Genes screened by Gene-chip study

Genome-wide transcriptional profiling of the liver has demonstrated that extensive gene expression occurs during very early-stage fulminant hepatitis. To investigate the possible gene expression change in our ConA-induced hepatitis model at a very early stage, we performed a gene chip study by using the Affymetrix probe dataset which includes totally 45101 probes. We found when compared with probes in the control group, 1559 probes increased and 1794 probes decreased in the 1 h group, 3040 probes increased and 4160 probes decreased in the 3 h group, and 5466 probes increased and 5445 probes decreased in the 6 h group. Our data indicate that by time after ConA injection more and more gene expression is detectable. The in detail gene expression data are also available at the GEO website under accession number GSE17184: http://www.ncbi.nlm.nih.gov/geo/

Genes further screened by ANOVA and model profile analysis

ANOVA corrected with the randomized variance model was performed to determine genes that were expressed separately and differentially. As a result, total 1,473 genes that had a p-value and the false discovery rate (FDR) less than 0.05 were declared to be significantly expressed. The gene expression value per group was the geometric mean of the Robust Multichip Average (RMA) normalized gene signals of 3 samples per time point.

To further narrow the target genes which harbor great significance among the declared 1,473 genes, we chose to use the twenty-six model profiles to summarize the expression pattern of the genes. As shown in Figure Figure2,2, among the 26 patterns, we identified 10 patterns of genes that shown very significant p-values (colored boxes).

Figure 2
The expression patterns of 1,473 genes analyzed by model profile. The expression patterns of 1,473 genes were analyzed and twenty-six model profiles were used to summarize. Each box represents a model expression profile. The upper number in the profile ...

Among these patterns, the two most significant patterns were profiles No. 9 and No.16 according to ascending p-values. While the profile No. 16 contained 118 genes whose expression increased constantly, the profile No. 9 contained 209 genes whose expression reduced constantly, after ConA injection (Figure (Figure33).

Figure 3
Gene expression of profile No.9 and No. 16 in the context of significant ConA-induced liver injury. The profile No.9 (A) contained 209 genes and they decreased in expression consistent with prolonged liver damage after injecting ConA. The profile No.16 ...

26 genes identified by Gene Co-expression Network with k-core algorithm from profiles No.9 and No. 16

Genes in profiles No.9 and No.16 were then analyzed and identified by gene co-expression network with k-core algorithm to determine which gene or genes may play pivotal role in the early stage of fulminant hepatitis. Gene networks are constructed from functional gene associations. In the network, cycle nodes represent genes, and edges between two nodes represent interactions between genes, which were quantified by degree. Degrees within the network which describe the number of single gene that regulates other genes represent the size of the cycle node. The higher the degree, the more central the gene occurs within the network. The clustering coefficient can be used to estimate the complexity of interactions among genes that neighbor the core gene with the exception of core gene participation. The lower the clustering coefficient, the more independent of the core gene are the interactions among genes in the neighborhood of the core gene[6].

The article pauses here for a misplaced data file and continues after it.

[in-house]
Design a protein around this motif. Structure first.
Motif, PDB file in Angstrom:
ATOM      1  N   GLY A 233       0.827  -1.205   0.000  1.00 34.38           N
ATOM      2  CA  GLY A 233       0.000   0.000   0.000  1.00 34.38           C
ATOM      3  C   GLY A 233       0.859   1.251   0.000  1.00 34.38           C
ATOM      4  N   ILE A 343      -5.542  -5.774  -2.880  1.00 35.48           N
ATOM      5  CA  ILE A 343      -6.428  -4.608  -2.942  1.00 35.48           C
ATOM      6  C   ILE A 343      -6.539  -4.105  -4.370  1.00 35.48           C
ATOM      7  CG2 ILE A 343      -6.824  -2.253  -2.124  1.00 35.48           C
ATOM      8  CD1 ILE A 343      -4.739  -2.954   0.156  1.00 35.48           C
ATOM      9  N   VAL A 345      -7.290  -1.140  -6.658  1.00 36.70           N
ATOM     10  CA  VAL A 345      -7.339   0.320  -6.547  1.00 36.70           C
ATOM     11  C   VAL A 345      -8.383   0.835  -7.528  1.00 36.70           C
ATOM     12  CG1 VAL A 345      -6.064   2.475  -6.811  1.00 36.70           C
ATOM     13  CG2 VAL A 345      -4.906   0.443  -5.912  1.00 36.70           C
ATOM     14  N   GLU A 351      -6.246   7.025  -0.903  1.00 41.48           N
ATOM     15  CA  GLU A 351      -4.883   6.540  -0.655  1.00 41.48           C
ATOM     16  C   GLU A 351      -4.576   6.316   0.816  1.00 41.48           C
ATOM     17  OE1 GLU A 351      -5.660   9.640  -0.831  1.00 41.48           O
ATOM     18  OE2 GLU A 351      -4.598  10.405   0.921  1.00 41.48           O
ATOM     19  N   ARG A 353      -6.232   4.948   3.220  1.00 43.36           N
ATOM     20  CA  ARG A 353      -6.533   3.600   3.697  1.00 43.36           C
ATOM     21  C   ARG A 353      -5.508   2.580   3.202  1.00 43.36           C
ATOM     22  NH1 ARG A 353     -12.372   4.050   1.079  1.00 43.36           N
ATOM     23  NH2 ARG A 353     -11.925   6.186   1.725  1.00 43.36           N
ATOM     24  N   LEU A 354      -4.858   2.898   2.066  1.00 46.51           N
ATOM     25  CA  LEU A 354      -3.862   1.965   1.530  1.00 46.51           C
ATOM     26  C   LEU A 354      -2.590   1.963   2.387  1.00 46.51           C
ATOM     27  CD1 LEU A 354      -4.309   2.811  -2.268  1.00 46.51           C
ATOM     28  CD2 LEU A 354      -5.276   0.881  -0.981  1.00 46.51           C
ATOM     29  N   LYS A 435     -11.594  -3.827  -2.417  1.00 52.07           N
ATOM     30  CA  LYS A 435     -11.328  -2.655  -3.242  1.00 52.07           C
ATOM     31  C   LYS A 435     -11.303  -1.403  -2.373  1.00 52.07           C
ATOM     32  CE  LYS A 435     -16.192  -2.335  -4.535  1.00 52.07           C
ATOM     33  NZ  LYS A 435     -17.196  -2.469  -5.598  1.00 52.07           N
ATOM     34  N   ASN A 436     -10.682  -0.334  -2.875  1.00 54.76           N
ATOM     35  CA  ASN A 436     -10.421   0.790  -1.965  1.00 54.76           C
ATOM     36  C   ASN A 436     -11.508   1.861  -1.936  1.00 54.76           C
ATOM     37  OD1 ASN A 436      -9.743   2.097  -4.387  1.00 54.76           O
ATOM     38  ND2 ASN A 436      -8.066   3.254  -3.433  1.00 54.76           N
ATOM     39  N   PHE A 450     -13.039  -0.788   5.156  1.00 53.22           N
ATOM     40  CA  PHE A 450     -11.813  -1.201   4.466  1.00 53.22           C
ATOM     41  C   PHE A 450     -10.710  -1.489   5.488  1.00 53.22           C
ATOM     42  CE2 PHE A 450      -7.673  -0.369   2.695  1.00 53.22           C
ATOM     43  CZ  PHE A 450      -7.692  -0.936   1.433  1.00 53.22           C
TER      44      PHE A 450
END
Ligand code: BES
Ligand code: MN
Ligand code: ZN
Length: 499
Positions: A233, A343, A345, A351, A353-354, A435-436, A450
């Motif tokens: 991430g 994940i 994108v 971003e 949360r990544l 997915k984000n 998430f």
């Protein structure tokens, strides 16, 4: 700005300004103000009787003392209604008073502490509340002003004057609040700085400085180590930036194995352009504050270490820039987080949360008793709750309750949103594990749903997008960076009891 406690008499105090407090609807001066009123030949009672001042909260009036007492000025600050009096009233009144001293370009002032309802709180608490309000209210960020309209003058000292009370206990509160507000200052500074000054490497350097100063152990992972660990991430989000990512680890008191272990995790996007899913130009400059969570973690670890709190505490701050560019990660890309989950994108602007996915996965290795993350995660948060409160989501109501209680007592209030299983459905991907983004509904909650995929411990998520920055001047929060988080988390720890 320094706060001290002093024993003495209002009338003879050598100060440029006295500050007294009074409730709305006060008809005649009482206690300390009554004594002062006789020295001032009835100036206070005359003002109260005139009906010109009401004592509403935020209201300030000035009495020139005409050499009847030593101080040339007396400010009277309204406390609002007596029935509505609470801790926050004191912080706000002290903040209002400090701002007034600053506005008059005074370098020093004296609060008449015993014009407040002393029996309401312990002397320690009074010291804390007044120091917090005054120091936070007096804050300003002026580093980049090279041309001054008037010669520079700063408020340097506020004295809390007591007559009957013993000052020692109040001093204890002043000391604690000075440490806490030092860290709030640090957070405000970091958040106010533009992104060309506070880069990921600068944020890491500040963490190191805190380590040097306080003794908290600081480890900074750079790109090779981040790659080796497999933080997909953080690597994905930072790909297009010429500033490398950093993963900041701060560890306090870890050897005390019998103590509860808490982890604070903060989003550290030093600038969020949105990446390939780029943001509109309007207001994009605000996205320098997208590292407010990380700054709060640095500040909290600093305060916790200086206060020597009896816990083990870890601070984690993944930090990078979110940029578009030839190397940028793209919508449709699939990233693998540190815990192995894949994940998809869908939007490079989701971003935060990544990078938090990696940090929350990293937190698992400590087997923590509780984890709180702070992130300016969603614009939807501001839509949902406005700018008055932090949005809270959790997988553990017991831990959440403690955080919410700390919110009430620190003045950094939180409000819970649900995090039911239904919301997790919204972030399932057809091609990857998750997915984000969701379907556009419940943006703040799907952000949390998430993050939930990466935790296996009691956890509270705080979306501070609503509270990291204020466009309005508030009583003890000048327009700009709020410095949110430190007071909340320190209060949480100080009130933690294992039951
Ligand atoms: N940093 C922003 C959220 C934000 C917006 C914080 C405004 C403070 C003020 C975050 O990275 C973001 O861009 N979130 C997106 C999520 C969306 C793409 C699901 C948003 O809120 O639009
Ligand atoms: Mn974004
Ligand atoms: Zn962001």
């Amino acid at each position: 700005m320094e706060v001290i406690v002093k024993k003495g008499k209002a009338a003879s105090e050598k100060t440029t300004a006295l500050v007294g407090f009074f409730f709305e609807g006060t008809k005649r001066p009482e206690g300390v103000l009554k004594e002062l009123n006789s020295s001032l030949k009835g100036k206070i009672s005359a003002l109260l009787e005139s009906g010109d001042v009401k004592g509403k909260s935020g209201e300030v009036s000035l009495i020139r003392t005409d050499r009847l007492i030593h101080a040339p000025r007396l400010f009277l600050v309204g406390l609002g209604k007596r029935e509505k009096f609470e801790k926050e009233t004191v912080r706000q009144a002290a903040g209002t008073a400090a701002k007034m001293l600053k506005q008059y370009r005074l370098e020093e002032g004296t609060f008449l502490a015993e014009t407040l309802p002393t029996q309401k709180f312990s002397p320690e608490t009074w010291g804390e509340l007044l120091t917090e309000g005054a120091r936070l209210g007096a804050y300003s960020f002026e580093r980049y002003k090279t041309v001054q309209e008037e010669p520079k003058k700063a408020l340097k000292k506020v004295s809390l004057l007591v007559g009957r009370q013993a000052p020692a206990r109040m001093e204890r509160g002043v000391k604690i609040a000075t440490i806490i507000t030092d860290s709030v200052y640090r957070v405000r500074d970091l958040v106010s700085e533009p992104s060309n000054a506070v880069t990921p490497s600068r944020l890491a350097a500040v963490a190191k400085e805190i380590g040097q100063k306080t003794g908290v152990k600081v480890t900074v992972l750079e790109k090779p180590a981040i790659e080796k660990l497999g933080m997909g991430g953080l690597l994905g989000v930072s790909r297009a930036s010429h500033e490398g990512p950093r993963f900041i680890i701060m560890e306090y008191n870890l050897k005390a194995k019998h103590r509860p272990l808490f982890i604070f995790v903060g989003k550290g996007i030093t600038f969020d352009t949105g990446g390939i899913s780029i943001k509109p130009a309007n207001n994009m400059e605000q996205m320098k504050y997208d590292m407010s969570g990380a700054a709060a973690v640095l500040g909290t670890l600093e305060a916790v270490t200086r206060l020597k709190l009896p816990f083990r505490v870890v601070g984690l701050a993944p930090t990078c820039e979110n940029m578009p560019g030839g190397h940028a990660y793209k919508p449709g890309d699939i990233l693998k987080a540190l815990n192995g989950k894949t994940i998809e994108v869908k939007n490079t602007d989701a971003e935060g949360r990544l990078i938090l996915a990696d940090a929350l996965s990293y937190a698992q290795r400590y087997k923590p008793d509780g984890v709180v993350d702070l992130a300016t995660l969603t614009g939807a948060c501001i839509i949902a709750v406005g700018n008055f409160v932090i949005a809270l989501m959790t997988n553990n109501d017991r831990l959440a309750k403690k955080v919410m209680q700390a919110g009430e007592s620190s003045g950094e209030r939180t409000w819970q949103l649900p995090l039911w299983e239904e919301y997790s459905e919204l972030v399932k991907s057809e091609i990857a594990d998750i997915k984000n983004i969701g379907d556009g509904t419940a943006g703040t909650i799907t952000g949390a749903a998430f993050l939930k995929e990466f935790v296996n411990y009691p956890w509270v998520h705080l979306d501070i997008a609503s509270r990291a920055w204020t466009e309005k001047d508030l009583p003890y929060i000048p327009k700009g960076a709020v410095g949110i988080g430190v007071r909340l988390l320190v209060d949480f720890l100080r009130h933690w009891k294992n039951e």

A k-core of a gene co-expression network usually contains cohesive groups of genes. On the other hand, phylogenetic analysis classifies genes into groups based on the similarity of base sequences[7].

The k-core subnetwork with higher k-core level in our result is considered to have a core status within a large-scale gene network made up of differential 26 genes (see Figure Figure44 and Table Table2).2). Most of the genes are attributed to transport, transcription, regulation of transcription, metabolic processes, and carbohydrate metabolic processes, consistent with the gene ontology hierarchical category, lipoprotein catabolic processes, peptide biosynthetic processes, positive regulation of calcium-dependent cell-cell adhesion, fructosamine metabolic processes, male sex differentiation, and regulation of cholesterol biosynthesis. The core genes MPDZ and ACSL1 appear at the center of both the large-scale network and the 11 k-core subnetwork. They directly regulate 34 neighboring genes that interact according to their degrees. These interactions depend in large part on MPDZ and ACSL1 because the clustering coefficients of these genes are 0.38 and 0.42, which are lower than for other genes.

Figure 4
Gene co-expression network. Genes from profiles No.9 and No.16 were analyzed and identified by gene co-expression network with k-core algorithm. Cycle nodes represent genes, the size of nodes represents the power of the interrelation among the nodes, ...
Table 2
26 genes identified by gene co-expression network with k-core algorithm

In this network, transmembrane proteins, such as MPDZ and Acsl1, were shown to play a role in the important processes of cell adhesion, carbohydrate metabolism and molecular transport. However, MPDZ expression constantly decreased over the four time points. It may contribute to damage to cell junctions in liver cells. The result of MPDZ down expression may be related to disorders of liver tissue and may lead to obstacles in the carbohydrate metabolic process. Acs11 was an essential gene that was associated with long-chain-fatty-acid-CoA synthase activity. The under expression of the gene gives rise to a series of obstructions in lipid and cholesterol biosynthetic and metabolic processes.

Real-time RT-PCR verification of the genes